As stated in previous correspondence an Internal Review has been conducted with a response sent to you on 18/11/2019.

If you are still not satisfied by the response provided you have the right to apply directly to the Information Commissioner's Office. Advice and their contact details are within the attached Appeals Procedure and below.

Kind Regards

Jonathan Loughlin
Information Coordinator

Please note:
Section 1 of the Freedom of Information Act 2000 (FOIA) places two duties on public authorities. Unless exemptions apply, the first duty at Sec (1)(a) is to confirm or deny whether the information specified in a request is held. The second duty at Sec (1)(b) is to disclose information which is permitted to the public domain and that has been confirmed as being held. Where exemptions are relied upon s17 of FOIA requires that we provide the requester with a notice which: a) states fact b) specifies exemption(s) in question and c) states (if that would not otherwise be apparent) why exemption applies.

Section 12 (1) of the Freedom of the Freedom of Information Act states that a public authority is not obliged to:…. “comply with a request for information if the authority estimates that the cost of complying with the request would exceed the appropriate time limit of 18 hours of an officers time to manually review records, retrieve and collate the data which we are not obliged to do under the act if to do so would exceed the 18 hour time limit.

If you are dissatisfied with the handling of your FOI request, you have the right to ask for us to conduct an internal review.

If you are not content with the outcome of our internal review, you have the right to apply directly to the Information Commissioner for a decision. The Information Commissioner can be contacted on 0303 123 1113 or 01625 545 745.

Dear Loughlin, Jonathan,

Thank you for your response.

I will consider whether or not there is any value in appealing this to the Commissioner, but further to my email of 3 January my thoughts are that this issue should be put before the council's Monitoring Officer as it is his duty to ensure all decision making is lawful and the legal process described should have been followed in arriving at the decision.

I understand that a billing authority's duty, as a priority, is to maintain a customer's in-year account, and the best chance of achieving that would be if the parameters in the Council Tax processing system were set so that any unspecified payments were allocated to the current year's charge.

For example, a customer who made payment in an amount sufficient to prevent his in-year liability falling in arrears would have good cause to bring a legal case against the council if it were to allocate his payment to a previous year's charge (thus unnecessarily burdening him further) merely because it not match the instalment amount.

Yours sincerely,

S Staffordson

Loughlin, Jonathan, Bromley Borough Council

1 Attachment

Dear S Staffordson,

Internal Review of 18597 - STAFFORDSON

The Council's Monitoring Officer has reviewed your case and concluded that they can see nothing inherently unlawful.

If you are still not satisfied by the response provided you have the right to apply directly to the Information Commissioner's Office. Advice and their contact details are within the attached Appeals Procedure and below.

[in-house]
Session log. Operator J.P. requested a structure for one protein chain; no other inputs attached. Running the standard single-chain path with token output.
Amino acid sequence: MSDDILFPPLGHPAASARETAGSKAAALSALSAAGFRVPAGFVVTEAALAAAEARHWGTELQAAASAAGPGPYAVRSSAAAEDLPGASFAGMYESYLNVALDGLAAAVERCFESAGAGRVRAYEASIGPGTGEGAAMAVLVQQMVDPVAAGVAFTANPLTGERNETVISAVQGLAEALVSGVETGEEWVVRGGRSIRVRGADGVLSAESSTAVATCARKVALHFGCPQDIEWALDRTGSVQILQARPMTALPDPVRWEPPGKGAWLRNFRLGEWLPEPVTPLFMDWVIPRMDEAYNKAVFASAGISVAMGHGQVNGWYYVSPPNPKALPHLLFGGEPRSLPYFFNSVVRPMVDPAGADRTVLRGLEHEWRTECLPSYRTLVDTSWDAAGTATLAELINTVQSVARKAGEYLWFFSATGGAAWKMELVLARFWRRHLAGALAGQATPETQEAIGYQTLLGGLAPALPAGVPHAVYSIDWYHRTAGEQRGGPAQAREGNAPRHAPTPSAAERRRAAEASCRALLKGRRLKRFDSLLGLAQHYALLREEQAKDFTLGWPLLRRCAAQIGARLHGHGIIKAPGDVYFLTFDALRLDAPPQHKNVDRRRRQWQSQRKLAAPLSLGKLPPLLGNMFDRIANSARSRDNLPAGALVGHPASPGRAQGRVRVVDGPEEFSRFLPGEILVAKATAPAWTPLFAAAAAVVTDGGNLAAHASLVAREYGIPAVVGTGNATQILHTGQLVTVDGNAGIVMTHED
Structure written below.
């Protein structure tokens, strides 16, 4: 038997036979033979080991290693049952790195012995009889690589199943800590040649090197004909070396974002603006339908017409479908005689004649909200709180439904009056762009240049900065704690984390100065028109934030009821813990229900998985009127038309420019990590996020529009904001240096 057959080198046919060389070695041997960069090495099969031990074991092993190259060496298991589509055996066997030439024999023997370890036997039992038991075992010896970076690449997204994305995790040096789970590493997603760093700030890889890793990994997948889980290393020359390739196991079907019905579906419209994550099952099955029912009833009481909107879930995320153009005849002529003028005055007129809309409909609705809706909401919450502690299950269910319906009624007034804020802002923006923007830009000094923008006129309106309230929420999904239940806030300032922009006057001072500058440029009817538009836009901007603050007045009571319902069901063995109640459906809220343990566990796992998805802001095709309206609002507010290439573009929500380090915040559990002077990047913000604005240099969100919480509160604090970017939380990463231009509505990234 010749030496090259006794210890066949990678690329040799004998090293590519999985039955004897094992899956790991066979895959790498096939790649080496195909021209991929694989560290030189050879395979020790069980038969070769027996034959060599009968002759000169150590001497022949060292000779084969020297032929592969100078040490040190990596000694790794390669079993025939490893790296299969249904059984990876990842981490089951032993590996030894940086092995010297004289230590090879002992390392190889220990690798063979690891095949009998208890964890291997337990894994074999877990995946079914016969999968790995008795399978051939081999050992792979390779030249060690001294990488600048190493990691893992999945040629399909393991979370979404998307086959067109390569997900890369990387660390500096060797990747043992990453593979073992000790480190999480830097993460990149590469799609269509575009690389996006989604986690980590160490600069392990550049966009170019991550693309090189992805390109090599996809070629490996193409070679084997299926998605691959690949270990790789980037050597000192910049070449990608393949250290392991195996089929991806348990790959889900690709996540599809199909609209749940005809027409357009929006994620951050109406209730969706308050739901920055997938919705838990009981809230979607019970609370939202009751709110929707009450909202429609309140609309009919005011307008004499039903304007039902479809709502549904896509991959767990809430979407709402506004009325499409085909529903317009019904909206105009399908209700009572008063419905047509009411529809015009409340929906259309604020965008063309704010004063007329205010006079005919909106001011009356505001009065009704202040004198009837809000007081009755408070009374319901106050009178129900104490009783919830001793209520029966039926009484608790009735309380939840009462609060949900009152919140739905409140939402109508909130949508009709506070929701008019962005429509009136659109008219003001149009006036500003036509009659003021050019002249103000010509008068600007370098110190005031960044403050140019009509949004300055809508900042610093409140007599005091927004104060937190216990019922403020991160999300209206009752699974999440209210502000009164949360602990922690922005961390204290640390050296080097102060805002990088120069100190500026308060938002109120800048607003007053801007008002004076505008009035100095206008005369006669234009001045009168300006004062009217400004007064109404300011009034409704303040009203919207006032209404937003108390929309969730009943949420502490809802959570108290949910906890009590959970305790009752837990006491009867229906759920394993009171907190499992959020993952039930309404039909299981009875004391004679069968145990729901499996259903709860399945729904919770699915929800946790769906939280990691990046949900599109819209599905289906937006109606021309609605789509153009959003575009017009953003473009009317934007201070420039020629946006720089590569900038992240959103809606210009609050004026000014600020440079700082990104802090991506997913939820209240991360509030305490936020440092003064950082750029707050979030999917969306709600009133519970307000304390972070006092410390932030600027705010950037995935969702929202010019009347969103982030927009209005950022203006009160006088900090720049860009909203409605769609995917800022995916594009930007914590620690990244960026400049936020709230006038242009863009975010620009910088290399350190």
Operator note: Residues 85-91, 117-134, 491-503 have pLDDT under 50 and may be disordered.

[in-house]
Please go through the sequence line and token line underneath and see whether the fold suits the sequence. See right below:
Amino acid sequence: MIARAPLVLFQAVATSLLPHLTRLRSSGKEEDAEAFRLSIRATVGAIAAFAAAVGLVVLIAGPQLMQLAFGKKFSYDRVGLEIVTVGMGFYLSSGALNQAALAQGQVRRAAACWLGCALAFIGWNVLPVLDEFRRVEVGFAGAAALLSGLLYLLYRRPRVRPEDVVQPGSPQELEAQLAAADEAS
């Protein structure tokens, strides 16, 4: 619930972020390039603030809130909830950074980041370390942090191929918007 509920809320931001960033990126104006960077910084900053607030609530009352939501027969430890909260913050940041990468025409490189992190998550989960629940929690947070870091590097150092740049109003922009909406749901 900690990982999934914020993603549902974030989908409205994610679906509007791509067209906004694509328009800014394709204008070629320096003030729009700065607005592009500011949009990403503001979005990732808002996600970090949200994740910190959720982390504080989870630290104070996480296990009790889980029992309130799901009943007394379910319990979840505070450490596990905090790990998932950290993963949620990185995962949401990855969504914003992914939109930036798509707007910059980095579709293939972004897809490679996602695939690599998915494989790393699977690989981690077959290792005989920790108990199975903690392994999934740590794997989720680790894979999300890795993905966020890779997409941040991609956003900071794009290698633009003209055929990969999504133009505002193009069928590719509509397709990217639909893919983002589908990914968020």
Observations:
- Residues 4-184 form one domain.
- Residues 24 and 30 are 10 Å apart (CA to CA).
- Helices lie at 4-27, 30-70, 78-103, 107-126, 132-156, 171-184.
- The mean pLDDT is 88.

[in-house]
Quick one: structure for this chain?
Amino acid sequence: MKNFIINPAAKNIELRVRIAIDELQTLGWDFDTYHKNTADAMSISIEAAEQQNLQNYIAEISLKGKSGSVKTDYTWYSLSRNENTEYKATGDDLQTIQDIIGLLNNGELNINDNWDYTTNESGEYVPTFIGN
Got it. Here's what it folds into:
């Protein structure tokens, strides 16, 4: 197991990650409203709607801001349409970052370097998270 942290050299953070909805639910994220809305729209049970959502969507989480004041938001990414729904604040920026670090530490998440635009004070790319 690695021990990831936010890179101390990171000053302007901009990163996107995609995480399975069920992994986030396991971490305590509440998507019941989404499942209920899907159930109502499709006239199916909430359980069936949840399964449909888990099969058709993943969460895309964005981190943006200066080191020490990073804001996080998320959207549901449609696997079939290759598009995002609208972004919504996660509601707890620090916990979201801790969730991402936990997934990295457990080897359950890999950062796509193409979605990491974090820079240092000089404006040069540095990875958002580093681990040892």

Kind Regards

Jonathan Loughlin
Information Coordinator

Please note:
Section 1 of the Freedom of Information Act 2000 (FOIA) places two duties on public authorities. Unless exemptions apply, the first duty at Sec (1)(a) is to confirm or deny whether the information specified in a request is held. The second duty at Sec (1)(b) is to disclose information which is permitted to the public domain and that has been confirmed as being held. Where exemptions are relied upon s17 of FOIA requires that we provide the requester with a notice which: a) states fact b) specifies exemption(s) in question and c) states (if that would not otherwise be apparent) why exemption applies.

Section 12 (1) of the Freedom of the Freedom of Information Act states that a public authority is not obliged to:…. “comply with a request for information if the authority estimates that the cost of complying with the request would exceed the appropriate time limit of 18 hours of an officers time to manually review records, retrieve and collate the data which we are not obliged to do under the act if to do so would exceed the 18 hour time limit.

If you are dissatisfied with the handling of your FOI request, you have the right to ask for us to conduct an internal review.

If you are not content with the outcome of our internal review, you have the right to apply directly to the Information Commissioner for a decision. The Information Commissioner can be contacted on 0303 123 1113 or 01625 545 745.

Dear Loughlin, Jonathan,

Your Monitoring Officer might wish to review his comments once looking at this again from a different perspective.

Let's say a Customer has an outstanding balance of £25.00 secured by a Magistrates' court Liability Order from a previous year's charge. This gives councils the power to use various enforcement methods to collect the debt and adds costs to the arrears. The standard costs rubber stamped by the court are in the sum of £126.50 so the total amount owing the council for that year's charge has increased to £151.50. The customer now has his in-year Council Tax obligation to meet as well as the amount secured by a court order from the previous year's charge.